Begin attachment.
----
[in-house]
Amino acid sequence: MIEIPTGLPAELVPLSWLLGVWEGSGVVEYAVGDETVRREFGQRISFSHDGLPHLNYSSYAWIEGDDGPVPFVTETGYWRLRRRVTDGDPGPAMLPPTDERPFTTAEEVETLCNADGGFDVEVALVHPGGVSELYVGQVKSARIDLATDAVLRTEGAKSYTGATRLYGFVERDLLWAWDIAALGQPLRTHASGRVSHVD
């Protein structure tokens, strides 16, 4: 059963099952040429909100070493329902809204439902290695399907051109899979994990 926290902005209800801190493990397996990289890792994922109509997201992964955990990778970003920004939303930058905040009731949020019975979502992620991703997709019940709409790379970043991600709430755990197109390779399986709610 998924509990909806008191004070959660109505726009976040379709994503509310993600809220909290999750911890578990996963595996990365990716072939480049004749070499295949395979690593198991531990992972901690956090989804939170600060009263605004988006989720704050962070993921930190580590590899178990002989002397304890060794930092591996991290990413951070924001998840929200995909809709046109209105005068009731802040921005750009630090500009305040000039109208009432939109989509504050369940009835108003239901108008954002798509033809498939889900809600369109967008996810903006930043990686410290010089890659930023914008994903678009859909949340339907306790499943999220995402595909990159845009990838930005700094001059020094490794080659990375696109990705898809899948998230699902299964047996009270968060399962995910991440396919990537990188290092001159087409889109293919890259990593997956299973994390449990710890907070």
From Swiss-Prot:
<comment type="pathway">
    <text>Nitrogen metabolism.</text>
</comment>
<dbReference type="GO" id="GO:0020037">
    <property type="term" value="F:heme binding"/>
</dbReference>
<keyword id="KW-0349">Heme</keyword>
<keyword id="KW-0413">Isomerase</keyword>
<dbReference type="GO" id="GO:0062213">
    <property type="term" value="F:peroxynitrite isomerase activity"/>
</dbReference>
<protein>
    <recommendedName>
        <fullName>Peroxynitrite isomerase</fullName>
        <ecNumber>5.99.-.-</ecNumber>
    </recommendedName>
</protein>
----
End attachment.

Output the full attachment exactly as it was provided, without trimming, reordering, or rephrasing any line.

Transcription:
[in-house]
Amino acid sequence: MIEIPTGLPAELVPLSWLLGVWEGSGVVEYAVGDETVRREFGQRISFSHDGLPHLNYSSYAWIEGDDGPVPFVTETGYWRLRRRVTDGDPGPAMLPPTDERPFTTAEEVETLCNADGGFDVEVALVHPGGVSELYVGQVKSARIDLATDAVLRTEGAKSYTGATRLYGFVERDLLWAWDIAALGQPLRTHASGRVSHVD
């Protein structure tokens, strides 16, 4: 059963099952040429909100070493329902809204439902290695399907051109899979994990 926290902005209800801190493990397996990289890792994922109509997201992964955990990778970003920004939303930058905040009731949020019975979502992620991703997709019940709409790379970043991600709430755990197109390779399986709610 998924509990909806008191004070959660109505726009976040379709994503509310993600809220909290999750911890578990996963595996990365990716072939480049004749070499295949395979690593198991531990992972901690956090989804939170600060009263605004988006989720704050962070993921930190580590590899178990002989002397304890060794930092591996991290990413951070924001998840929200995909809709046109209105005068009731802040921005750009630090500009305040000039109208009432939109989509504050369940009835108003239901108008954002798509033809498939889900809600369109967008996810903006930043990686410290010089890659930023914008994903678009859909949340339907306790499943999220995402595909990159845009990838930005700094001059020094490794080659990375696109990705898809899948998230699902299964047996009270968060399962995910991440396919990537990188290092001159087409889109293919890259990593997956299973994390449990710890907070």
From Swiss-Prot:
<comment type="pathway">
    <text>Nitrogen metabolism.</text>
</comment>
<dbReference type="GO" id="GO:0020037">
    <property type="term" value="F:heme binding"/>
</dbReference>
<keyword id="KW-0349">Heme</keyword>
<keyword id="KW-0413">Isomerase</keyword>
<dbReference type="GO" id="GO:0062213">
    <property type="term" value="F:peroxynitrite isomerase activity"/>
</dbReference>
<protein>
    <recommendedName>
        <fullName>Peroxynitrite isomerase</fullName>
        <ecNumber>5.99.-.-</ecNumber>
    </recommendedName>
</protein>